The Independent Evaluation Office of the IMF has recently published its assessment of the IMF’s Response to the Financial and Economic Crisis. In many ways the IMF’s advice at the time mirrored the way the policy response to the crisis actually evolved. In 2008 and 2009 it recommended fiscal stimulus, and that is exactly what some countries, notably the UK and US, did. In 2010 it dramatically reversed its advice, and recommended austerity. At the same time the UK, US and Eurozone switched to austerity.
This independent evaluation argues the 2010 switch was a mistake. Here are some key quotes from the report (paras 32-34):
“The IMF’s call for fiscal expansion and accommodative monetary policies in 2008–09, particularly for large advanced economies and others that had the fiscal space, was appropriate and timely.”
“IMF advocacy of fiscal consolidation proved to be premature for major advanced economies, as growth projections turned out to be optimistic. Moreover, the policy mix of fiscal consolidation coupled with monetary expansion that the IMF advocated for advanced economies since 2010 appears to be at odds with longstanding assessments of the relative effectiveness of these policies in the conditions prevailing after a financial crisis characterized by private debt overhang. In particular, efforts by the private sector to deleverage rendered credit demand less sensitive to expansionary monetary policy, irrespective of its ability to maintain low interest rates or raise asset prices. Meanwhile, a large body of analysis, including from the IMF itself, indicated that fiscal multipliers would be elevated following the crisis, pointing to the enhanced power relative to the pre-crisis environment of expansionary fiscal policy to stimulate demand.”
“Many analysts and policymakers have argued that expansionary monetary and fiscal policies working together would have been a more effective way to stimulate demand and reduce unemployment—which in turn could have reduced adverse spillovers. Waiting longer to shift to fiscal consolidation might also have allowed for less aggressive monetary expansion, with less negative side effects.”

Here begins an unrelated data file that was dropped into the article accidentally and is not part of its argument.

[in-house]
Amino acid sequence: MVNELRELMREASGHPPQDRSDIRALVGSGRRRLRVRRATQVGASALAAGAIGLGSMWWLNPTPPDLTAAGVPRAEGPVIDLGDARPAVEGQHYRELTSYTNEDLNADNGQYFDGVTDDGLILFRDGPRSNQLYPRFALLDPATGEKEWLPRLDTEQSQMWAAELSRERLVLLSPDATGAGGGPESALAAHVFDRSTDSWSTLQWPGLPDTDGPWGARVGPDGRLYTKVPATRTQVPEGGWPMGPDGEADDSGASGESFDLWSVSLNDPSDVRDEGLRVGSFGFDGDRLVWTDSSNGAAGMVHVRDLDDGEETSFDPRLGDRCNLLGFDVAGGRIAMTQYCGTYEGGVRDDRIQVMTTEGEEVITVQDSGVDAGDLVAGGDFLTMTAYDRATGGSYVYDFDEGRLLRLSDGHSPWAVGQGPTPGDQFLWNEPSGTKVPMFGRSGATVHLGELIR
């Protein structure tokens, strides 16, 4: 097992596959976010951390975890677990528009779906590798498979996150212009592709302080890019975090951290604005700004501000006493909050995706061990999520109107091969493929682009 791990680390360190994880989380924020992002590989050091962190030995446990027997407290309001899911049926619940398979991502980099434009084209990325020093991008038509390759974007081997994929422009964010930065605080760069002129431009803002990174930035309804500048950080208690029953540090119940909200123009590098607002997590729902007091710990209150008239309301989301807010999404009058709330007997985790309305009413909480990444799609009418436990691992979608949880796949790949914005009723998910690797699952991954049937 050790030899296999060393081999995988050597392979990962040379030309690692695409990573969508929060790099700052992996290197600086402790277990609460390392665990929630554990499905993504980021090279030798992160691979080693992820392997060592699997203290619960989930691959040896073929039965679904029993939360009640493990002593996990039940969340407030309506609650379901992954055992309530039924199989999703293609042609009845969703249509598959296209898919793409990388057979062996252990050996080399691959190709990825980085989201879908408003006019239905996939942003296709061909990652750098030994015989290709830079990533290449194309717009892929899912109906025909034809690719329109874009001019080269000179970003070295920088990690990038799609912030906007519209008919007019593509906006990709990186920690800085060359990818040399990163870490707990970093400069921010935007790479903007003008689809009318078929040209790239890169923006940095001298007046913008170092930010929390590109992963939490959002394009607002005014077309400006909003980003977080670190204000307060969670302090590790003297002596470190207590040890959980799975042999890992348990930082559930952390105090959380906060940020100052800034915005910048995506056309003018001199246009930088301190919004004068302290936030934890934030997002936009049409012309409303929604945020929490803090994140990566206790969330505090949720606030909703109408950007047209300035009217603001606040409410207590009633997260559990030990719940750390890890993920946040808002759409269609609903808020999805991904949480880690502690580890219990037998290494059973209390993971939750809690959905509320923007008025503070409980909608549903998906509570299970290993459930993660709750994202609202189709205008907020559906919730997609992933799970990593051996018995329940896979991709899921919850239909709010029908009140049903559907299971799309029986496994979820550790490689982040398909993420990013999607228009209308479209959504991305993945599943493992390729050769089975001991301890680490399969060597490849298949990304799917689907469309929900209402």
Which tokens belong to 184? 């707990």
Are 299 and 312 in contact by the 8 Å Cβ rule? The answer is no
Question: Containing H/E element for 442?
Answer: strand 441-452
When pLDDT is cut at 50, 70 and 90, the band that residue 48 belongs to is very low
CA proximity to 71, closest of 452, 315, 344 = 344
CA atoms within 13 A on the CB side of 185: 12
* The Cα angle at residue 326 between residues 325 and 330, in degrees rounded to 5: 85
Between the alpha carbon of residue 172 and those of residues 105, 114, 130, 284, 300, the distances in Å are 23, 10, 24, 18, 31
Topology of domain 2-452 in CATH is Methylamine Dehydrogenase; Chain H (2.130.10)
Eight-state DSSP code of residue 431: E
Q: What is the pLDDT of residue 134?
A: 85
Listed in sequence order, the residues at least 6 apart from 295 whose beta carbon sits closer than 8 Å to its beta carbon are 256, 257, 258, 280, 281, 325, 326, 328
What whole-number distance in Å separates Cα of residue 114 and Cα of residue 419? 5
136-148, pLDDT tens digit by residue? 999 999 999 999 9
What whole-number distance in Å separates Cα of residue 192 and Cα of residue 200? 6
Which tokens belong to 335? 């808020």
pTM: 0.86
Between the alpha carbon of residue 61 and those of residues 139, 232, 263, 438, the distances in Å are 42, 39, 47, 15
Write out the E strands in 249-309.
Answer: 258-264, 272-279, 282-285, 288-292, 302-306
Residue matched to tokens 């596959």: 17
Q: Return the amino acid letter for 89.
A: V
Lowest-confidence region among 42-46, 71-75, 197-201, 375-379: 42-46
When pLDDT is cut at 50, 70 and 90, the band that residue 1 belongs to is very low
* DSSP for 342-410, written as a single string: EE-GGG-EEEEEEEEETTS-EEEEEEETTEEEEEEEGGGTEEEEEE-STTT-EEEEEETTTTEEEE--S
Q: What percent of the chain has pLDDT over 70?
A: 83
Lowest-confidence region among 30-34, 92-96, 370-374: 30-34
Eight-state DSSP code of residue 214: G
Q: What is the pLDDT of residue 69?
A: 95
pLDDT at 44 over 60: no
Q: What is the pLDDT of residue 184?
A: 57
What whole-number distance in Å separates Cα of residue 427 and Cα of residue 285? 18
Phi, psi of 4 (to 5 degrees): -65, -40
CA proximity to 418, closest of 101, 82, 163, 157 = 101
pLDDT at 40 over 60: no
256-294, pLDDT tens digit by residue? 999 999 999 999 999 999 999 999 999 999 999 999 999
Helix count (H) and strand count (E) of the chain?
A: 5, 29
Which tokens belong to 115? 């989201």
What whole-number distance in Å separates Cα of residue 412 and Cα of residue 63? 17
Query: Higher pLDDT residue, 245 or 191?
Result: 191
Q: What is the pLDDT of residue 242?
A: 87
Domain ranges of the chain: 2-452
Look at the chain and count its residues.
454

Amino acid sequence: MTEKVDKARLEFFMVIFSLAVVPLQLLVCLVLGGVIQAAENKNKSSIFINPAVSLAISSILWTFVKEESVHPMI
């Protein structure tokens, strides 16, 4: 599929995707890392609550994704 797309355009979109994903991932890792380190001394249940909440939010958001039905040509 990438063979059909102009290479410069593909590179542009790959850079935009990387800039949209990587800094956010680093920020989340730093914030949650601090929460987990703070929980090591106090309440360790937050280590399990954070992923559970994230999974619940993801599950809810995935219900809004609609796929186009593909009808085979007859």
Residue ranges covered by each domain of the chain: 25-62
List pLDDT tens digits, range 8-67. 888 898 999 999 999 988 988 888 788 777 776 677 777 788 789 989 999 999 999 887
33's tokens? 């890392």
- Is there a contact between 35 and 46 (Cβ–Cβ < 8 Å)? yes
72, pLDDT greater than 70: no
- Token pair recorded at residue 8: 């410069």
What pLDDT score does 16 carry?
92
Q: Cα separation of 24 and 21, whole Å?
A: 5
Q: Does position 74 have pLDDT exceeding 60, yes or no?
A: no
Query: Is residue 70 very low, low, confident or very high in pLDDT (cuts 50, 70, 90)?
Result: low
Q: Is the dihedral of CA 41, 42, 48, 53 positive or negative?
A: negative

None of this will be a surprise to regular readers of this blog, but it is welcome nonetheless. Perhaps more interesting is the subsequent analysis of why the IMF got it wrong in 2010.
“In articulating its concerns [in 2010], the IMF was influenced by the fiscal crises in the euro area periphery economies (see Box 1), although their experiences were of limited relevance given their inability to conduct independent monetary policy or borrow in their own currencies.”
As the evaluation also notes, interest rates on US, UK and Japanese government debt were at historic lows. So the report essentially says that the IMF became spooked by the Eurozone crisis. That is why it is tempting to call the 2010 switch to austerity a Greek tragedy.
This is an assessment of the IMF’s view. Of course policymakers in both the UK and US had other motivations. We will never know if the switch to austerity in 2010 would have happened anyway even if the IMF had not changed its view, or whether it would have happened if politicians in Greece had not borrowed too much and attempted to deceive everyone else about this.
As the FT reports, Christine Lagarde has defended the advice the IMF gave in 2010. It was appropriate given the IMF’s forecasts of a reasonable recovery, she suggests. However that seems to miss the point. This report clearly suggests that the IMF were mainly misled by what was happening in the Eurozone and not by an overoptimistic forecast. If they had interpreted the Eurozone crisis for what it was, they would probably have concluded that the recovery was still fragile, and that therefore this was not the time for austerity outside the Eurozone periphery. Better still, they might have made their participation in the Troika conditional on a quick and full Greek default (as an earlier self evaluation by the IMF suggested), and better still on the ECB implementing OMT much sooner.
Another imponderable concerns macroeconomic theory. By 2011 Paul De Grauwe had provided a convincing explanation of why the debt crisis was confined to the Eurozone, and by the end of 2012 when the ECB’s OMT had ended that crisis it was clear he was right. If we had known in 2010 what we know now, would the IMF have taken a different view? I suspect not. Austerity is a sort of default mode for the IMF, for understandable reasons, and although there are many opinions within the IMF, it is still ultimately run by a political body. But at least we can be thankful that this IMF evaluation, untainted by political face saving or ideology, has given a clear verdict. The 2010 switch to austerity was a mistake. The conclusion is not qualified: it was a mistake in the UK, the US, and in the Eurozone as a whole.